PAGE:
The UCS study is based on an analysis of 52 National Oceanic and Atmospheric Administration (NOAA) tide gauges in communities stretching from Portland, Maine to Freeport, Texas, using moderate sea level rise projections. The analysis reveals that in the next 15 years, most of the towns analyzed could see a tripling in the number of high-tide floods each year and in 30 years a ten-fold increase compared to historic levels.
Researchers say the increases in flooding are so pervasive that Atlantic Coast communities not covered by the analysis may need to brace for similar changes.
The study found the problem will rapidly worsen as sea level rises...
News release continues on the Union of Concerned Scientists’ website »
Get the latest news from Florida LAKEWATCH!
The latest version of the Florida LAKEWATCH newsletter is now available. The LAKEWATCH newsletter is dedicated to sharing water management information and information about the University of Florida/IFAS Florida LAKEWATCH program at the School of Forest Resources and Conservation.|
In this issue:
Total Color and Total Alkalinity Analysis
Innovations in Citizen Monitoring of Aquatic Plants: Passive Mapping with Sonar and Automated Processing
LAKEWATCH Welcomes New UF Faculty in Restoration Aquaculture
FWC, Partners See Ultimate Coral Reef-building Success
Nonnative Fish Provide Exotic Fishing Alternatives; Most Have No Bag Limits!
Volume 66 of the Florida LAKEWATCH Newsletter »
Register now for free "Living at the Lakes" classes
Want to learn more about our local lakes?
Living at the Lakes is a three-class, free program, offered to all Polk County residents to share information on common lake questions. Join us for three, two-hour classes to hear from our local experts and get your questions answered. Space is limited and registration is required. Sign up link is below.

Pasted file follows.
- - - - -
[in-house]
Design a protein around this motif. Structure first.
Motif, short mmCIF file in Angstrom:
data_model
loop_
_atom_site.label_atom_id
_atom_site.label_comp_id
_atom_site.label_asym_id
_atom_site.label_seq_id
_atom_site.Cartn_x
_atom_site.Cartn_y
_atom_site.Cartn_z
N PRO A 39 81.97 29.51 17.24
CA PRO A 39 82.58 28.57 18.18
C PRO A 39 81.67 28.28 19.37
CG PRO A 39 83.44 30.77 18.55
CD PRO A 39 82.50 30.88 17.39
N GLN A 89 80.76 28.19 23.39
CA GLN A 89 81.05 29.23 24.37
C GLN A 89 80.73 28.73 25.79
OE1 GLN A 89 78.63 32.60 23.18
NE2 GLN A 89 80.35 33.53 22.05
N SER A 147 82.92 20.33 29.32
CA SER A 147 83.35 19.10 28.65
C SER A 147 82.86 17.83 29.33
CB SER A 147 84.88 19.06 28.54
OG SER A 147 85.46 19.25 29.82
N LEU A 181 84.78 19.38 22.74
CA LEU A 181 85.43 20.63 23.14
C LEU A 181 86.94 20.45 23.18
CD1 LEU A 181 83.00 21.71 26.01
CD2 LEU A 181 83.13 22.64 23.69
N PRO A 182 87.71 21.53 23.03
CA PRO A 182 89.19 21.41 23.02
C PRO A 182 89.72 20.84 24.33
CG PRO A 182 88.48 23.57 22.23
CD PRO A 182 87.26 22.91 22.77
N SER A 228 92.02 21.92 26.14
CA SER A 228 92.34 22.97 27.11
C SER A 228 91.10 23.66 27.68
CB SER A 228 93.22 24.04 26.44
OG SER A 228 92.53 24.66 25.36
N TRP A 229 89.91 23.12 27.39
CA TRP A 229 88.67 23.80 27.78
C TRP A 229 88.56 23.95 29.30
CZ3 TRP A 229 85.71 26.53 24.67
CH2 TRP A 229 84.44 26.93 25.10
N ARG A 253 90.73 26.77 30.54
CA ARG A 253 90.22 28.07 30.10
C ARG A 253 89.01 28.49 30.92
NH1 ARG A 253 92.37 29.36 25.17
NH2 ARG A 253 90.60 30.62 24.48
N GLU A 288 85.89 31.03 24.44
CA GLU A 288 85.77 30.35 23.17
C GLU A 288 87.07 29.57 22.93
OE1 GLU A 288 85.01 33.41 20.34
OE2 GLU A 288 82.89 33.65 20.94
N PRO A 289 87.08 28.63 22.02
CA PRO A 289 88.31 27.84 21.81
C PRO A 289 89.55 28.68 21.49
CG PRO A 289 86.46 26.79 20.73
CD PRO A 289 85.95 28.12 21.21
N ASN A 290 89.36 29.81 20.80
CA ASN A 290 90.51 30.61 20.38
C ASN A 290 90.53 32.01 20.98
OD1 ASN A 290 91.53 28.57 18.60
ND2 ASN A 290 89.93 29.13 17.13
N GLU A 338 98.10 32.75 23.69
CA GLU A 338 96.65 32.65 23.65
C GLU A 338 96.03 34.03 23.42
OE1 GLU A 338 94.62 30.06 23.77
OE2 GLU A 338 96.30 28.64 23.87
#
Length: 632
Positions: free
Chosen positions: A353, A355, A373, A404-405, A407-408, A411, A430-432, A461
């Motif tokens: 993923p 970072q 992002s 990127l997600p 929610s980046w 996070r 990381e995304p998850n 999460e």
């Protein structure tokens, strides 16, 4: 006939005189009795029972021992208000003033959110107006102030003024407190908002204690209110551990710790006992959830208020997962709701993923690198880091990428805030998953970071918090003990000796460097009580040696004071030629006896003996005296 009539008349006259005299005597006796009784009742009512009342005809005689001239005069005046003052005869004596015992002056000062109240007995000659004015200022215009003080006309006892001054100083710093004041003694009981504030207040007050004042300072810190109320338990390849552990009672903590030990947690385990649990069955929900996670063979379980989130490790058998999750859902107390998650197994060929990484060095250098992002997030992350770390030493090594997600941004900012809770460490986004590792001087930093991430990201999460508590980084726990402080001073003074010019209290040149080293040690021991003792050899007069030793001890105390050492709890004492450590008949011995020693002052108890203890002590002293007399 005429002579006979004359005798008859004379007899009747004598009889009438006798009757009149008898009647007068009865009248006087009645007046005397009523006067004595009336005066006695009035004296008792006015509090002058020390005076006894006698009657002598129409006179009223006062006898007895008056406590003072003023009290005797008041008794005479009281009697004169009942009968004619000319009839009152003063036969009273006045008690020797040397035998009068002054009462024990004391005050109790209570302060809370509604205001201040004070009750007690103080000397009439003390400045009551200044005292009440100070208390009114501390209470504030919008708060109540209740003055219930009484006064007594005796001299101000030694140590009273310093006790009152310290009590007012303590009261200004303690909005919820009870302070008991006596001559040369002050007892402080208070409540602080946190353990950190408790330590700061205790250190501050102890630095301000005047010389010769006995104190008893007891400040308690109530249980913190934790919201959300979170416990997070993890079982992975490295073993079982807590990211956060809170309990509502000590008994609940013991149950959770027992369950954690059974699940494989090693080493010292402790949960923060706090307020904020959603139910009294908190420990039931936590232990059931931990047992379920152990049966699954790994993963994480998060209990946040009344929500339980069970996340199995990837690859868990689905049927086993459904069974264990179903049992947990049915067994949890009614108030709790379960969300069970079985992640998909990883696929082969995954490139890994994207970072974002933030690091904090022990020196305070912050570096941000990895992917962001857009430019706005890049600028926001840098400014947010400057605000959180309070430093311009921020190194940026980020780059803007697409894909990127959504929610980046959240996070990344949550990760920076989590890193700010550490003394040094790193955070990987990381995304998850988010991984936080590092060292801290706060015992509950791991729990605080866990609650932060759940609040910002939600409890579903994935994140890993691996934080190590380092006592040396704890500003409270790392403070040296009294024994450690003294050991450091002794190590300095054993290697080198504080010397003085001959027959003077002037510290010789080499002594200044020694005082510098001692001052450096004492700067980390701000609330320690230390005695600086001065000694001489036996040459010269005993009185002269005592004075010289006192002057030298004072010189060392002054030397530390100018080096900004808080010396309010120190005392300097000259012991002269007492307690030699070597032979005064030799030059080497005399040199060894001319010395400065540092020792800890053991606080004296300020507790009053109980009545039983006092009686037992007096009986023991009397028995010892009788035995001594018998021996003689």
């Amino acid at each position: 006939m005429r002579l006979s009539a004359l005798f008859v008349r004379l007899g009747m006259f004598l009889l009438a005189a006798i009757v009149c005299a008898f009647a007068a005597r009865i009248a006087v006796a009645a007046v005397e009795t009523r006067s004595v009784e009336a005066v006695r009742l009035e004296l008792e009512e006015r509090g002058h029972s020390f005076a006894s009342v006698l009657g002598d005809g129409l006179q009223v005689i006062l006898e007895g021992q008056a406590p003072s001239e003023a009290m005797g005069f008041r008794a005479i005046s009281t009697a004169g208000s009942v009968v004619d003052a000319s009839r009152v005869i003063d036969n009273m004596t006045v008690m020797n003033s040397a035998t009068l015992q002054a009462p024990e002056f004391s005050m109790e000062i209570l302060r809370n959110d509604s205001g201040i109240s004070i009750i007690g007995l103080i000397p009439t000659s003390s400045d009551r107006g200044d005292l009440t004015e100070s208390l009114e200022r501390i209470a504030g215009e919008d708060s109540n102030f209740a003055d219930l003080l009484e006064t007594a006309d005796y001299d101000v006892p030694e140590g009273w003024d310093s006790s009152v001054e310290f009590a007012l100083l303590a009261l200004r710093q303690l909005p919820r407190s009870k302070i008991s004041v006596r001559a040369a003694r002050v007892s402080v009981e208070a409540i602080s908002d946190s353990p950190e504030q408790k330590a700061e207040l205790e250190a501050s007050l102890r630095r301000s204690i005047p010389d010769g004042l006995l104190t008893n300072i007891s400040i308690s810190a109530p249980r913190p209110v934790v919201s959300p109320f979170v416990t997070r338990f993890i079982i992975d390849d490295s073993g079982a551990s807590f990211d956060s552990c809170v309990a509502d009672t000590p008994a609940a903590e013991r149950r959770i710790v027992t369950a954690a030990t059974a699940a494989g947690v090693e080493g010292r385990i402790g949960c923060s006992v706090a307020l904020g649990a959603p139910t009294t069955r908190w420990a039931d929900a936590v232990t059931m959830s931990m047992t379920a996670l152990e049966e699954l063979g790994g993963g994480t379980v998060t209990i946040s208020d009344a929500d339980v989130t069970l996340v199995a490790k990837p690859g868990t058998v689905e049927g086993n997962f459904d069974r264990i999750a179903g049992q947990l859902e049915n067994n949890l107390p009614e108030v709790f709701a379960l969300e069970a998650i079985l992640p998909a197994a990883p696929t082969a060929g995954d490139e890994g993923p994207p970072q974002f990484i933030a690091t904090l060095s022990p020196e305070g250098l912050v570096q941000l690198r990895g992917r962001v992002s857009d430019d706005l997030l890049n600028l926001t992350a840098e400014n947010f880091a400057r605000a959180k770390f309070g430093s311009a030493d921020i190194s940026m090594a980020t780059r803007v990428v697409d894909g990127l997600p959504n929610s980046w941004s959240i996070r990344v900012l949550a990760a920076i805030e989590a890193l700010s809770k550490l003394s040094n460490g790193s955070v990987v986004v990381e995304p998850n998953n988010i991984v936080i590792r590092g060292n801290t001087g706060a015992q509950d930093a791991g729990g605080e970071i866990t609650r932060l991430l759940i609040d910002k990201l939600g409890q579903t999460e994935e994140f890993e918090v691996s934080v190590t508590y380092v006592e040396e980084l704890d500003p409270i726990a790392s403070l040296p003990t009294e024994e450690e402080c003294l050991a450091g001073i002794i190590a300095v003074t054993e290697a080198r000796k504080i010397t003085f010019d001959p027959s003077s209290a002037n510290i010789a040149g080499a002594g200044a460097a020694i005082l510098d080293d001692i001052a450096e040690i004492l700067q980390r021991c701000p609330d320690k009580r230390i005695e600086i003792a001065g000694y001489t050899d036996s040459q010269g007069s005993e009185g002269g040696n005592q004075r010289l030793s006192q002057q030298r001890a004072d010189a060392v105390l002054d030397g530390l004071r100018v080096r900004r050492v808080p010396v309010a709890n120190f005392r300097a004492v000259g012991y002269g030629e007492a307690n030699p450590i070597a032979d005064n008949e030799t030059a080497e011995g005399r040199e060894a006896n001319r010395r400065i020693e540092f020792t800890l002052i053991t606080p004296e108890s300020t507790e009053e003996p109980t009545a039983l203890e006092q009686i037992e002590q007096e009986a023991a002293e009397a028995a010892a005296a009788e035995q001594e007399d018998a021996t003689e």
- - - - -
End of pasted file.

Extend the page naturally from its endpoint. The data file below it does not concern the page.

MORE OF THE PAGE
Session Dates: October 16, 23, and 30, 2014 from 6-8 PM
• Know the Flow! An Introduction to Water in Central Florida – MJ Carnevale, City of Winter Haven
• Why is my Lake Green? An Introduction to Water Quality Issues – Curtis Porterfield, City of Lakeland
• How can I Help Improve Local Water Quality? (Florida-Friendly Landscaping) – Anne Yasalonis, UF/IFAS Extension Polk County
• How Raingardens Help with Water Quality – Mike Britt, City of Winter Haven
• The Importance of Lakefront Vegetation – Shannon Carnevale, UF/IFAS Extension Polk County
• Wildlife Found In and Around Our Lakes • Reinier Munguia, Lake Region Audubon Society
• Invasive Exotic Plants (tentative) – Charles Thompson, Florida Fish and Wildlife Conservation Commission
Sign up using EventBrite.com »
EPA extends comment period on contentious waterways rule
The U.S. Environmental Protection Agency is extending the comment period on a controversial water regulation in order to allow the public to weigh in on a soon-to-be-released scientific report, the agency said today.
The comment period on the proposed rule to clarify the scope of the Clean Water Act will now close Nov. 14, the agency said in a statement, three weeks later than the previous deadline of Oct. 20. This is the second extension the agency has granted on the proposed rule.
Opponents of the proposed regulation, which would increase the number of streams and creeks that currently receive automatic protection under the 1972 law, have argued that the agency is rushing the process by proposing it before a peer review of the key scientific report was completed.